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House Journal 1822 (30-318937-022A.pdf)

32 pied solitude, the want of other objects to engage his attention, obliges the guilty convict to turn his thoughts inward on his own mind, and reflect on his past life and future prospects. Such reflections can hardly fail in many instances to lead to contrition, to soften the most rugged and obdurate temper, and prepare the criminal for the reception of moral and religious impressions.

The humanity of our penal code revolts from the infliction of corporal punishment, except for a few crimes of such enormity, and fraught with such danger to society, that they are thought deserving of death. There is, indeed, little reason for leaving to those, who live by preying on the honest and industrious, to choose how they shall be punished for their crimes; but it is believed that as much mildness, as is consistent with the object of punishment, is not unwise. The certainty of punishment has much more influence in deterring from crimes than its severity. The more sanguinary the law, the less is the probability that its penalties will be generally enforced. The citizens are less ready to prosecute, and juries more reluctant to convict; and the culprit, calculating on the humane feelings of society, is often more influenced by the chances of escaping with impunity, than by the severity of the penalty. Nor are these observations without the sanction of experience.

I have gone more fully into this subject, inasmuch as the attention of the Legislature must necessarily be soon directed to the consideration, whether punishment of the more aggravated offences shall be inflicted by confinement in the county prisons, or to hard labor, or solitary imprisonment, or both, in a State prison. At present the convicts cannot be punished by solitary imprisonment, the gaols in many of the counties being insufficient ill size to afford the requisite number of apartments; neither can they be punished by confinement to hard labor within the limits of the county prisons. The wisdom of the Legislature will determine, whether any further provision on this subject be at this time necessary; and if found to be so, in devising a system, will, I have no doubt, keep steadily in view the saving of expense to the State, and the great objects of reforming offenders and preventing crime. Connected with the subject of the punishment of convicts, permit me to call your attention to the expenses of their prosecution. These are now a charge on the Treasury of the State, and of such an amount as to constitute a very considerable item in the annual expenditure. It is worthy of the consideration of the Legislature, whether these expenses may not be diminished.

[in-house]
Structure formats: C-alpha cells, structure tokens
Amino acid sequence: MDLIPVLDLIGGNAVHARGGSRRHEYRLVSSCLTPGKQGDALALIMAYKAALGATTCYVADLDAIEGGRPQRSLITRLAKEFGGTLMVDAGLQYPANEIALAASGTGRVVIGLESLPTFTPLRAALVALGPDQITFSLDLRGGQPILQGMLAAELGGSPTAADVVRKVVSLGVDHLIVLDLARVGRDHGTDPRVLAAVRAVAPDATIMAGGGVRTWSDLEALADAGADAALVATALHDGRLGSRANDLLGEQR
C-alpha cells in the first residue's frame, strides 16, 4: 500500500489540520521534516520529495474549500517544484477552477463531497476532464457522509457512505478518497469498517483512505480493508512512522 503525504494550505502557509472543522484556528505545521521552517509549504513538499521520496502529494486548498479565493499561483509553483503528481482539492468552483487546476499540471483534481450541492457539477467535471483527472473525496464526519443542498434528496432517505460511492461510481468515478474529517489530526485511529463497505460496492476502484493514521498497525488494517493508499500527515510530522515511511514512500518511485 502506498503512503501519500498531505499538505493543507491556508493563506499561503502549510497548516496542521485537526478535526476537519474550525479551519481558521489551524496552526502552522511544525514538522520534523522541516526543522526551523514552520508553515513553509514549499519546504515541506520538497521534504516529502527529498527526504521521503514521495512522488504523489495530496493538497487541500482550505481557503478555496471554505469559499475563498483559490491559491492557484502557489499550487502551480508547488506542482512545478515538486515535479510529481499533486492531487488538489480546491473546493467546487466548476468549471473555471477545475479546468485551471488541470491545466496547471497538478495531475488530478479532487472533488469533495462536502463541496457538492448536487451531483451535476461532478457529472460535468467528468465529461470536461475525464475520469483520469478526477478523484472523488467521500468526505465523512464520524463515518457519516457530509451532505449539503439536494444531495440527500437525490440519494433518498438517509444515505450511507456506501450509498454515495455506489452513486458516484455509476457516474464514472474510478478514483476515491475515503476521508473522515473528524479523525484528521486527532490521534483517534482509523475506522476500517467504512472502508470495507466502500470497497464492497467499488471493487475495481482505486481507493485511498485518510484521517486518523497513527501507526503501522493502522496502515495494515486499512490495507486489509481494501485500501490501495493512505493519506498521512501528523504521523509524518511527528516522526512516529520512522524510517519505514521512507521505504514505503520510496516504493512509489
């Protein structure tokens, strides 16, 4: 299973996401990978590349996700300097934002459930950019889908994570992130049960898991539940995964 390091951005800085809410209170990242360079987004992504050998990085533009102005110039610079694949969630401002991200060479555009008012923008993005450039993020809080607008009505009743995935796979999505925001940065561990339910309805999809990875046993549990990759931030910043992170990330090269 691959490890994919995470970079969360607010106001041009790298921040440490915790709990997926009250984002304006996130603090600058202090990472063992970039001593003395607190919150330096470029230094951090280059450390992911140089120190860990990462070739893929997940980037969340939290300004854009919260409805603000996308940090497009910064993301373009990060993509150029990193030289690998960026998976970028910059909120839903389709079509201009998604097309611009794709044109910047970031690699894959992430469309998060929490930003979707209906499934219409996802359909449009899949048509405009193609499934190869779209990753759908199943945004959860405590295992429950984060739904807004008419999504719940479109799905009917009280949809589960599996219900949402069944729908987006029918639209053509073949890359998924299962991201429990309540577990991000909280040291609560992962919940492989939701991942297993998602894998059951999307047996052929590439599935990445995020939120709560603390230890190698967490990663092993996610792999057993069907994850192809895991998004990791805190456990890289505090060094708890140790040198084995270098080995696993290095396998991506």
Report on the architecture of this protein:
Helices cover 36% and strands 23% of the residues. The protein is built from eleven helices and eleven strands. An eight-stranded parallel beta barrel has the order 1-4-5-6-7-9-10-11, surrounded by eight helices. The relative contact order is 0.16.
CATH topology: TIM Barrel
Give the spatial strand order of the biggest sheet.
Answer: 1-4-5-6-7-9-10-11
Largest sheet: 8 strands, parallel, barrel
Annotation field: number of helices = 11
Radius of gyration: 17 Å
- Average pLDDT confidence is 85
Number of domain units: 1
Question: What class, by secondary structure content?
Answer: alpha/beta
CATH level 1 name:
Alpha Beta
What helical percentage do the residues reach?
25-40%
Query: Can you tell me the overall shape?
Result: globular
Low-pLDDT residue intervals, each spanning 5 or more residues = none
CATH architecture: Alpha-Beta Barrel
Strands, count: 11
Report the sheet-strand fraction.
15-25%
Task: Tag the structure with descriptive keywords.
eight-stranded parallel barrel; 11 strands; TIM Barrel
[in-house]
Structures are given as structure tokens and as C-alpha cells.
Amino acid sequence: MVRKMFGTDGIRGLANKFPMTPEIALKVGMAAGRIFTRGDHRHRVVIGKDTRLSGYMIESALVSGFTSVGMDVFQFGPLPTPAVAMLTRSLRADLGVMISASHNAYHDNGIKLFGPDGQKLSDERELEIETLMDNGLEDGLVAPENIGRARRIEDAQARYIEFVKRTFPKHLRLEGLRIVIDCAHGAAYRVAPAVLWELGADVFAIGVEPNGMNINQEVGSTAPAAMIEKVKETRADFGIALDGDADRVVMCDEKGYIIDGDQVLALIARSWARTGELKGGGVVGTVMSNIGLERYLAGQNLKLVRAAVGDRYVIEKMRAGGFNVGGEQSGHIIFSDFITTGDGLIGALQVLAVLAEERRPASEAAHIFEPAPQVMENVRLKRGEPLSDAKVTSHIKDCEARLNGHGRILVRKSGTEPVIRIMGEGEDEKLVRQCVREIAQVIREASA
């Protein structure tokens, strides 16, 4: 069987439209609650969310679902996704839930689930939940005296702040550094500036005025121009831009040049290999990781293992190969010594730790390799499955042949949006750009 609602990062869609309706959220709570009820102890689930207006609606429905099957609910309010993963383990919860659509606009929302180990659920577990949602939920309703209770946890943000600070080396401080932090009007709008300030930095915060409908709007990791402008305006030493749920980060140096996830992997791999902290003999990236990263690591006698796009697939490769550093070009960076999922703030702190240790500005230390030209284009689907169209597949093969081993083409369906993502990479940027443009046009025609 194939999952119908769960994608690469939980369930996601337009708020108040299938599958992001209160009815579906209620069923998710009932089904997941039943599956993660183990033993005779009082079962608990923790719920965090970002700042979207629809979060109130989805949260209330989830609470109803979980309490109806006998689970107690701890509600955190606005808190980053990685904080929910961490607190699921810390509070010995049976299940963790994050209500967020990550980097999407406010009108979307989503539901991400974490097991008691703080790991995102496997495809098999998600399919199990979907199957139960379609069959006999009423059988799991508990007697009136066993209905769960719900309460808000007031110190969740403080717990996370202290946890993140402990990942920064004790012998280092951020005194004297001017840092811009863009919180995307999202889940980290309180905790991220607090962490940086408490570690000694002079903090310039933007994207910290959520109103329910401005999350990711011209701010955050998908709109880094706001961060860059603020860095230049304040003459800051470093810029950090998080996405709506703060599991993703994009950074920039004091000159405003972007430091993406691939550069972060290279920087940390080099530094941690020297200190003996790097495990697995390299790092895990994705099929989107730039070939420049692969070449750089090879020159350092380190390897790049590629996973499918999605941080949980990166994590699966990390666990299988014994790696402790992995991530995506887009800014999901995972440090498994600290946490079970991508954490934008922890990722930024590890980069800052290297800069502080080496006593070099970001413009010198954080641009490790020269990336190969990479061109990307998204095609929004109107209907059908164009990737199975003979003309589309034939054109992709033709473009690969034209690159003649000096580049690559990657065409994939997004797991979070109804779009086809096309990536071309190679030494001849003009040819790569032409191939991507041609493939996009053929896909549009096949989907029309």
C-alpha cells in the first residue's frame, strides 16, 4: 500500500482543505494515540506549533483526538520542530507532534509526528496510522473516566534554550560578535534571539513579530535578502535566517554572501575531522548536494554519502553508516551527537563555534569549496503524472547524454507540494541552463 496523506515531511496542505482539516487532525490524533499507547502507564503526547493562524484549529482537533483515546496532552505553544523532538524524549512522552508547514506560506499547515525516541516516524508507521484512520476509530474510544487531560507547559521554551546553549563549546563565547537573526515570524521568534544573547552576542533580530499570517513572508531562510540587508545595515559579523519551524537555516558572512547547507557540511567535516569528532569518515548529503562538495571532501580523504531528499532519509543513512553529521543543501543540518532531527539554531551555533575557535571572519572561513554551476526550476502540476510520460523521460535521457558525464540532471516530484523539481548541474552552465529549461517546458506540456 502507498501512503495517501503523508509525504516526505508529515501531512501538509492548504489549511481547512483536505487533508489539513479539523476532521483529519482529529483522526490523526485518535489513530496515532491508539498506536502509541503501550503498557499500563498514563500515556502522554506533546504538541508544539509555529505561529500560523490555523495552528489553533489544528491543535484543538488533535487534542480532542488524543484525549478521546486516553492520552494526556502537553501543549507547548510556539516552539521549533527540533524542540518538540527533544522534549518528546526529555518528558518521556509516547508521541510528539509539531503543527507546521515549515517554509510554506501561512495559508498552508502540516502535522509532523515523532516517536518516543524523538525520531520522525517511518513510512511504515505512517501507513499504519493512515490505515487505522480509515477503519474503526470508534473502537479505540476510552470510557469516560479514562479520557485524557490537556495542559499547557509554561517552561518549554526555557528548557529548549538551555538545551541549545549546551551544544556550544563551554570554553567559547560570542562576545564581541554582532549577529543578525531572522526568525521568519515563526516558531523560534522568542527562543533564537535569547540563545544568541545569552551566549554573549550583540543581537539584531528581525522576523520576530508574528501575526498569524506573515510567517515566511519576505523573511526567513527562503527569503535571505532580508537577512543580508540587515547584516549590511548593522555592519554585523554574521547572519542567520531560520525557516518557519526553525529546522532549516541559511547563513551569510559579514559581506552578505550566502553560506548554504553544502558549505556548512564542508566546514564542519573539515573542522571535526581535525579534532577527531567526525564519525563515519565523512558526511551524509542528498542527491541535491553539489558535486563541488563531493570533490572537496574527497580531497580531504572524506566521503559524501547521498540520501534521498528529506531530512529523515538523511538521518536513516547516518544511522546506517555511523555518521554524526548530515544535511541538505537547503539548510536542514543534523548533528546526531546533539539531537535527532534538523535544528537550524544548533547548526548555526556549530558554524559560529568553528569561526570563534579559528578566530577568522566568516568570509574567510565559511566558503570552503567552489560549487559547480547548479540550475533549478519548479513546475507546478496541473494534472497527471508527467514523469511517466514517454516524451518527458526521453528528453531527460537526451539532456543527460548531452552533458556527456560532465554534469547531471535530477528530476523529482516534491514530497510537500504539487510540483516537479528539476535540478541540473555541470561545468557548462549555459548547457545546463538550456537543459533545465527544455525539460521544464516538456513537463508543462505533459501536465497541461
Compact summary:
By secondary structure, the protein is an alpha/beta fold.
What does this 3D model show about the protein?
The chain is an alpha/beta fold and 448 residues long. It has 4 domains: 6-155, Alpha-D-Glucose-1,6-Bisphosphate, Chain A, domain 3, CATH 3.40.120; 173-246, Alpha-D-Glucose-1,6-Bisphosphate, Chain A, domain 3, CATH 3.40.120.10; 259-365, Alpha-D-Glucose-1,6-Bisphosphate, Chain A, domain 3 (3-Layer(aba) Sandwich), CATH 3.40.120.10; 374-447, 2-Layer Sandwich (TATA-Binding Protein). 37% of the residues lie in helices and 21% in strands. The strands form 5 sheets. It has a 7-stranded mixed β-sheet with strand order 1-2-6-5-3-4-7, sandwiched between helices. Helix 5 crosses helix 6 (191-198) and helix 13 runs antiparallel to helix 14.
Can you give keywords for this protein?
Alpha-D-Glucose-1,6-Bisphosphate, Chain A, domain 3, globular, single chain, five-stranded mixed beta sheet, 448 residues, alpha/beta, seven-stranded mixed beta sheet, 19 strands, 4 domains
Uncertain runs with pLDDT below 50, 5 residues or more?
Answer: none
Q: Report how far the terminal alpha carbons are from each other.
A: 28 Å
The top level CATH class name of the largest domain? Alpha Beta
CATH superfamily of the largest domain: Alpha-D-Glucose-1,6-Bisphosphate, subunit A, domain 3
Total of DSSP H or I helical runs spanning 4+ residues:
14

On examination, I find that the law of Massachusetts, establishing a Circuit Court of Common Pleas, has not been revised and reenacted here; and on turning to the Council records, that the Justices of that Court do not hold their commissions from the Executive of this State, except such only as have been appointed to fill vacancies. Of course that Court exists by virtue of a law of the parent State in force under the provisions of the Act of Separation, and the whole of its members in the first and third circuits, and one in the second, hold their offices during the pleasure of the Executive, instead of during good behavior, as contemplated by the Constitution. For the convenience of the citizens, as well as to enable the Executive more fully to carry into effect the provisions of the Constitution, I suggest the propriety of revising and re-enacting all the Statutes intended to be in force as law within this State, and of repealing all others. Unless this be done, it will still be necessary to resort to the volumes of Massachusetts Statutes, to find here and there a chapter applicable to our own State.

The Statute for the relief of poor debtors, having been by the last Legislature referred to a Committee to sit in the recess, from the character of that committee a report may now be expected, which will serve to assist your deliberations on that interesting subject, I find by a "Resolve declaring the sense of the Legislature of the powers of the General Government over the Militia," passed by the Legislature of this State, June 23, 1820, that, among other things" the Senators in Congress from this State were instructed to bring the subject of the claims of Massachusetts and Maine before the National Councils, and to adopt such measures in relation 'thereto, as are best calculated to bring those claims to a speedy and equitable decision;-and that our Representatives in Congress were also requested to aid in the same object;" but I am unable to find that any progress has been made in what appears to have been the object of that resolution. To me it has seemed proper to refer the Legislature to the resolve, a part only of which is above cited, that they might perceive what were the sentiments of our predecessors in relation to this subject; and might now take such order thereon, as, under all circumstances, should be judged advisable.

Description: The journal of the House of Representatives documents the proceedings in the chamber, including actions taken on bills, petitions and reports from committees read, and votes taken. The journals are not transcripts and therefore do not include floor speeches that are found in the modern Legislative Records.

Link to document in Digital Maine

Language: English

Date: 1822

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